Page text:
Steps to DIY Solar
1. Gather Some Information
To install your own solar power system, start with the basics. You will need to know:
- Are you already connected to the grid?
- What kind of system do you need? (Grid-Tied, Grid-Hybrid, or Off-Grid)
- How much power do you use currently?
- Where do you want to put your solar? (Roof, Ground, or Pole Mount)
- Do you now, or will you in the future, want backup power?
- What solar incentives are available in your area?
2. Research Utility, Code and Permit Requirements
The next step is to research your local requirements.
- Utility application process & any restrictions
- Permitting & Inspection
- Fire codes & miscellaneous local standards
Determine how much assistance you will need not only so you know how to design your system and install the equipment, but also to ensure that you meet the legal requirements of your utility (if you’re on grid), as well as your local permitting and building codes.
3. Select Your Support Team
When reviewing kits and quotes from different companies it’s important to make sure you’re comparing “apples to apples”. You need to compare not only the specific components (brand, quantity, power rating, reliability, warranty and more), but also the Supplier’s:
- Knowledge, experience and expertise.
- Types of services they offer.
- Level of customer service they provide today and years from now.
- What is the value that you are getting from the supplier relative to the price they are asking for?
Bottom line: You want to get the right products and services for a fair price from the most qualified, reputable and service-oriented vendor.
4. Determine Your System Specifications & Decide on Equipment
Once you’ve gathered your information and have made some decisions about what additional support and resources you will want for your project, it’s time to make some decisions.
- How much solar will you need to cover your usage?
- If you’re going to have backup power, what loads do you want to back up? For how long?
- Which specific pieces of equipment are right to meet your goals?
Finalize your system size and details, including the product manufacturers. Depending on how much support you have chosen, and whether or not you are using a kit, it is now time to calculate your system size and required equipment. If you are using a full-service team like Fire Mountain Solar, the fundamentals are included in your purchase.
5. Purchase Your Equipment & Materials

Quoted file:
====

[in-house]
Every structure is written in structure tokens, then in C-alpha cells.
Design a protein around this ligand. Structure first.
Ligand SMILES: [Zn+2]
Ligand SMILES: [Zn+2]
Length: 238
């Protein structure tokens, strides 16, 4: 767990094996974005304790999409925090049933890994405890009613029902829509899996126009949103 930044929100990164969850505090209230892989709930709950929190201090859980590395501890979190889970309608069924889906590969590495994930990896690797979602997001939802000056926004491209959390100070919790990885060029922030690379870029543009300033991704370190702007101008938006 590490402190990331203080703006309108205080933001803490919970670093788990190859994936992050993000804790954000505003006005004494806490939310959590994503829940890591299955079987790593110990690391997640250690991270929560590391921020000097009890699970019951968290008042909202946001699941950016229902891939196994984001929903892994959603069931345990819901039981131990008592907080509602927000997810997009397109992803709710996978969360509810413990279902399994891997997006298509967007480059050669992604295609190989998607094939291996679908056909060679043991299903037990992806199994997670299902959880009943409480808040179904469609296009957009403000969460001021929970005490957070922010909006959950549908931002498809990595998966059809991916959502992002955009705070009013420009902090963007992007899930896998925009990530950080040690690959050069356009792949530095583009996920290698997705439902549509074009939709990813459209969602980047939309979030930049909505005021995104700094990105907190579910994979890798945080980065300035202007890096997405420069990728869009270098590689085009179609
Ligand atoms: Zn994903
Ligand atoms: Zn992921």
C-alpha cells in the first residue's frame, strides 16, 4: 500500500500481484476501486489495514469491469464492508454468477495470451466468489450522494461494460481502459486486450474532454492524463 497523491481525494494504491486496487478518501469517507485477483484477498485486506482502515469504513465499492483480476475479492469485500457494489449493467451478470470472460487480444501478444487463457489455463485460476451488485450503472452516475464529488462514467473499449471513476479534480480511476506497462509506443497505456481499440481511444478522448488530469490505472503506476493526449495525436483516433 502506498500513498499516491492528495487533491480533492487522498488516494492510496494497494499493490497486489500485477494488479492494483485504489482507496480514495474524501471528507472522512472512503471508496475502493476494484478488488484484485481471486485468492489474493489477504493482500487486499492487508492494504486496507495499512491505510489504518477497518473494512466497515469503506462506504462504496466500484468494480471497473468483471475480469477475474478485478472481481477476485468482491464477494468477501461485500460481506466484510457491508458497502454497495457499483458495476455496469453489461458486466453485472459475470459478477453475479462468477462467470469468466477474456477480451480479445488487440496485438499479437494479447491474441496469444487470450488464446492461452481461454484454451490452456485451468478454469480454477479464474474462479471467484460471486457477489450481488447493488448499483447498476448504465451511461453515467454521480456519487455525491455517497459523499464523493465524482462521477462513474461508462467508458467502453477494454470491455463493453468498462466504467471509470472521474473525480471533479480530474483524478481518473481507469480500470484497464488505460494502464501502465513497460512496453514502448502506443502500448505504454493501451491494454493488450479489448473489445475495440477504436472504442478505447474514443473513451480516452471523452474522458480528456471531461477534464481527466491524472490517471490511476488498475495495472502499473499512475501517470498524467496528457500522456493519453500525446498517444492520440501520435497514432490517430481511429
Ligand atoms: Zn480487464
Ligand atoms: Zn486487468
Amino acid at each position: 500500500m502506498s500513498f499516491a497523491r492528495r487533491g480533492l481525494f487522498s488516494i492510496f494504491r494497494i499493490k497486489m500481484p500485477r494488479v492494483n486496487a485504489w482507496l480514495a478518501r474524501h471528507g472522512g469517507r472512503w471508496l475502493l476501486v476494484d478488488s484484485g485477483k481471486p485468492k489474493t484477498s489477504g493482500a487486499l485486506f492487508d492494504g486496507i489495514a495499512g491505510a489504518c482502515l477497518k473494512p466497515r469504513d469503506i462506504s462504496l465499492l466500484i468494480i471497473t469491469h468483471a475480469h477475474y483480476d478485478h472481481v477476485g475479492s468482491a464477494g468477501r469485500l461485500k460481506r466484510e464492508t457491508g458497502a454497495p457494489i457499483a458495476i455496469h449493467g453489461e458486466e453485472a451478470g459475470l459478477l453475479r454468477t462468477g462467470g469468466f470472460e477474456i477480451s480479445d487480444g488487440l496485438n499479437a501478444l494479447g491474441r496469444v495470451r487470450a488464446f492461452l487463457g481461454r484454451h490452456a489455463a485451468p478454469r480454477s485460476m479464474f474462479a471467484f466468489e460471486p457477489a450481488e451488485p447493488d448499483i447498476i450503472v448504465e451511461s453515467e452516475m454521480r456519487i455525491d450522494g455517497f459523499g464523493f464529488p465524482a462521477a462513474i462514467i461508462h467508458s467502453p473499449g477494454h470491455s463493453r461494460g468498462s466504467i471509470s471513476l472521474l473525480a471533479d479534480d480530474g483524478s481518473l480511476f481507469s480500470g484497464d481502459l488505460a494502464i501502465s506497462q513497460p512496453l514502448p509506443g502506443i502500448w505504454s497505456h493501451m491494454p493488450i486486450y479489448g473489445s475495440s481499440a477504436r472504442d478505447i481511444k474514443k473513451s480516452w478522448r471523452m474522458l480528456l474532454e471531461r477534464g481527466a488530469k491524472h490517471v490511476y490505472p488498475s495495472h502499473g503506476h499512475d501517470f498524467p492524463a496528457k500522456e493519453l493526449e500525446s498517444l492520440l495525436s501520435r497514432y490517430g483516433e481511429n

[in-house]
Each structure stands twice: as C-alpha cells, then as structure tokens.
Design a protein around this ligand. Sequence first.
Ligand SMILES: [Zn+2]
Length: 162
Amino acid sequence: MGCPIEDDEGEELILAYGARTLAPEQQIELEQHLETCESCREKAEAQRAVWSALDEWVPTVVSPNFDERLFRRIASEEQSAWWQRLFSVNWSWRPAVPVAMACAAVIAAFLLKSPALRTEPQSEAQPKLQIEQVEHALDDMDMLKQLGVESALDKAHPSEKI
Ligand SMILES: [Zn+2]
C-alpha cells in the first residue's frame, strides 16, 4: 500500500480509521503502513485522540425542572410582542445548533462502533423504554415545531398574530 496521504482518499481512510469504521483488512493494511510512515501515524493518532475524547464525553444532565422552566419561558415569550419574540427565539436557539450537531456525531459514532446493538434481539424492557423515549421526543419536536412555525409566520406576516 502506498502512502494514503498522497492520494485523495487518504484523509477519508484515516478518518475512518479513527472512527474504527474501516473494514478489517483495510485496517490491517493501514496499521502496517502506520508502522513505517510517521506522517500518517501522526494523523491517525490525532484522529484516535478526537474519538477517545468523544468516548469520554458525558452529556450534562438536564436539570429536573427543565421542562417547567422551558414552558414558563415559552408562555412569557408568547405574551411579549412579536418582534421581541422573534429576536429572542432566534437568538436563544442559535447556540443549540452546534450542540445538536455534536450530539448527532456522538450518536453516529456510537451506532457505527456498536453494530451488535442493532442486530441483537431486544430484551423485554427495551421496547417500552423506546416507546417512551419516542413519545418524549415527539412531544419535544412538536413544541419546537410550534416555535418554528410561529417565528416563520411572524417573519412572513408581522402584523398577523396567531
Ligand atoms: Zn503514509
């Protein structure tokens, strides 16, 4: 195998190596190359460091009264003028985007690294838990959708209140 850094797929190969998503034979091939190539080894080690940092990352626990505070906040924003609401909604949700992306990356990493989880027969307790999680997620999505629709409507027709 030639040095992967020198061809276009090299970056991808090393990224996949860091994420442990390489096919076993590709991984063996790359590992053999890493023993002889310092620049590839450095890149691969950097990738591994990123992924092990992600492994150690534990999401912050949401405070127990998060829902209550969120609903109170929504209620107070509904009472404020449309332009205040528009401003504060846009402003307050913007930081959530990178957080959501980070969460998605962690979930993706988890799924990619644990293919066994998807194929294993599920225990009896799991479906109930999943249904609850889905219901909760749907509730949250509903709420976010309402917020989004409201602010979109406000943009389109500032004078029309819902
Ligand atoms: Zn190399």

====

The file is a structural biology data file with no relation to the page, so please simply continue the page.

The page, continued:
It’s time to purchase your solar specific equipment and ancillary electrical components. Work with your support system to determine what is included in your kit and what will need to be purchased locally.
While you wait for your solar equipment to arrive:
- Gather the locally sourced materials you’ll need. Arrange for the help you’ll want to lift heavy items or for tasks that take more than 2 hands.
- Get the installation areas cleaned.
- Apply for your permits and interconnection agreement (if applicable).
- Make sure you have the tools you will need.
- When your parts arrive, check that you received everything you ordered right away – don’t wait or you might not be able to make a claim.
- If you have any questions about your equipment’s condition reach out to your support team immediately.
- Now is also the time to have any lingering questions answered!
Your excellent preparation will now pay off. But even with the best planned project you can run into unexpected snags and questions. This is when having a professional support team experienced in working with DIY installers comes in handy. Don’t find out the hard way that the reason you got such a great deal on your products is because your vendor doesn’t have the ability to provide you with the support you need beyond selling you the product.
8. System Activation
Have your electrical, building, and/or other permits finalized after installation, which usually includes an inspection by your local building department. If you are on the grid, once your permits are signed off contact your utility to finalize your interconnection agreement and for authorizatoin to activate the system. Depending on your current meter, the utility may need to install a new bi-directional meter to allow for net metering. Once you have final approvals you can activate your system!
Your DIY solar system is now up and running.
Enjoy Your Power, Your Way!